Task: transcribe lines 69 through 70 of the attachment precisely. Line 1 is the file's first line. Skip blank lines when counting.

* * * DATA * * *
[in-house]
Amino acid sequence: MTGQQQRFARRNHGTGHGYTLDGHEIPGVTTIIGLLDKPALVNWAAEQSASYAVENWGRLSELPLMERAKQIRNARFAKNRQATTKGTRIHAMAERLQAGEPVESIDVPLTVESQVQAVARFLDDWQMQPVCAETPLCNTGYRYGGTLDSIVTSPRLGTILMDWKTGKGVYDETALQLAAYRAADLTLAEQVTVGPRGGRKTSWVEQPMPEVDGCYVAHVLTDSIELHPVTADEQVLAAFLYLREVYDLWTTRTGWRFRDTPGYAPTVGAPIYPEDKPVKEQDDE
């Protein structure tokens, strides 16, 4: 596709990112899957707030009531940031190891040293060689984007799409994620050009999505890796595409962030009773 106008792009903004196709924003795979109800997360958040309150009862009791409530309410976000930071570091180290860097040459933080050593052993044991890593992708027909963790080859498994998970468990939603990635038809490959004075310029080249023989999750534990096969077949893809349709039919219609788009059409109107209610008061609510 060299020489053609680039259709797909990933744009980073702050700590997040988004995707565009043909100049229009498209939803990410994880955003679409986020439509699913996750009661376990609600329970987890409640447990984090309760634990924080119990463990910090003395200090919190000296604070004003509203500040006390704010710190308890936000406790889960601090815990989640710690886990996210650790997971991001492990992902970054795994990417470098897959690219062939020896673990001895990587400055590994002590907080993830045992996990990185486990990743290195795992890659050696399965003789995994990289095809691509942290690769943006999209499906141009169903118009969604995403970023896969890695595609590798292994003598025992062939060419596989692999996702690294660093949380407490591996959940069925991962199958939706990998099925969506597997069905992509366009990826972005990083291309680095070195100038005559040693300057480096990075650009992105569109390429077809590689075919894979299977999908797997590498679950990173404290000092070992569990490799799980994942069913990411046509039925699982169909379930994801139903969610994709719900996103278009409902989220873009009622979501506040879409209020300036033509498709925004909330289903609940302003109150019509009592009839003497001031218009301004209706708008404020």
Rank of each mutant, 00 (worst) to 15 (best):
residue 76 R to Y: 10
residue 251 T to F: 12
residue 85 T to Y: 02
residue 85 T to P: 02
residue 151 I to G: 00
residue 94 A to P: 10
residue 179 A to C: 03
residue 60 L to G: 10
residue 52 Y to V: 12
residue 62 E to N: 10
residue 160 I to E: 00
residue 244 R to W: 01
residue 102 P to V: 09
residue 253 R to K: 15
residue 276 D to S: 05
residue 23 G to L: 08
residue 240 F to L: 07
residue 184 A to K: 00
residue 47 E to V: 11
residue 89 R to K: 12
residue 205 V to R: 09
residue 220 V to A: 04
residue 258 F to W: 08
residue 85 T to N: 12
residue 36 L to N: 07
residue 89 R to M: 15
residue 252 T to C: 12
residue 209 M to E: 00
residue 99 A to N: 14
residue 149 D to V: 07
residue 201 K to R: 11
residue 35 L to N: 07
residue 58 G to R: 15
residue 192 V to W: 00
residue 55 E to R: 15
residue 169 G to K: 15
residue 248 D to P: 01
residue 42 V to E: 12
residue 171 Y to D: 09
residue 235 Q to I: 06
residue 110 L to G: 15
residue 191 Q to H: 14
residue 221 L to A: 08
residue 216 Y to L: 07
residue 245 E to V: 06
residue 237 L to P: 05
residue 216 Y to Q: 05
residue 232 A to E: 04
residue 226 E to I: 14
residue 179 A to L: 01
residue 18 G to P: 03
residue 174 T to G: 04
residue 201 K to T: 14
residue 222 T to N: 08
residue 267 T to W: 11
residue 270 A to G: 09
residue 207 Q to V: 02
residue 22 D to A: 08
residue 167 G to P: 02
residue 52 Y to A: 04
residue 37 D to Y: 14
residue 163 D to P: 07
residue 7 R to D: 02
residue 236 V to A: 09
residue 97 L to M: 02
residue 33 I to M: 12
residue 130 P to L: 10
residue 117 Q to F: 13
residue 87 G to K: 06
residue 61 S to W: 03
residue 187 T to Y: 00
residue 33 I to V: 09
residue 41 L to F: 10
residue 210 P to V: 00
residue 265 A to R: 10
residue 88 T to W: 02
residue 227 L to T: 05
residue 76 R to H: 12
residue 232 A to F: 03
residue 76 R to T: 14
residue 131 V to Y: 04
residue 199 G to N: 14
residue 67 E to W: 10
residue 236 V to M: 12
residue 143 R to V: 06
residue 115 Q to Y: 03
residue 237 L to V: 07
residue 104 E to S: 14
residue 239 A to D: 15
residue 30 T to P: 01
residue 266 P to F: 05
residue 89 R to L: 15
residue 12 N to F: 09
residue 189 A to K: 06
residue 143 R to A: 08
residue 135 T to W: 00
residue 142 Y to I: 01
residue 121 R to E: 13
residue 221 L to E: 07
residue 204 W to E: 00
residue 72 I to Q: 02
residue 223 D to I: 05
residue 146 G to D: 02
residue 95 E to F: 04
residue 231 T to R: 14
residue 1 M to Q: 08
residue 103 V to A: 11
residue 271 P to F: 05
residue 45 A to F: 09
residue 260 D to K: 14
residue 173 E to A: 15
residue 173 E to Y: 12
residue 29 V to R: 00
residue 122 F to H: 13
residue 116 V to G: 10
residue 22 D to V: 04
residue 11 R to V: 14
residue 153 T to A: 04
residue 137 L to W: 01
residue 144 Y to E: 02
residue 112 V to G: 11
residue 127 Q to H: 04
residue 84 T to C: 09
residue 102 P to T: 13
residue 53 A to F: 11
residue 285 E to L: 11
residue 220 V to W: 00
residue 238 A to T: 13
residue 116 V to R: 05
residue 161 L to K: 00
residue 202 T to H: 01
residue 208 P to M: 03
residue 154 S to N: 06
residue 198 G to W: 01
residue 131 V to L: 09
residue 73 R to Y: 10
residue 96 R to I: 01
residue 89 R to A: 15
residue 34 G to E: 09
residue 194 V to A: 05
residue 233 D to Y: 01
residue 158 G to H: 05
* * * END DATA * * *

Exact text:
residue 97 L to M: 02
residue 33 I to M: 12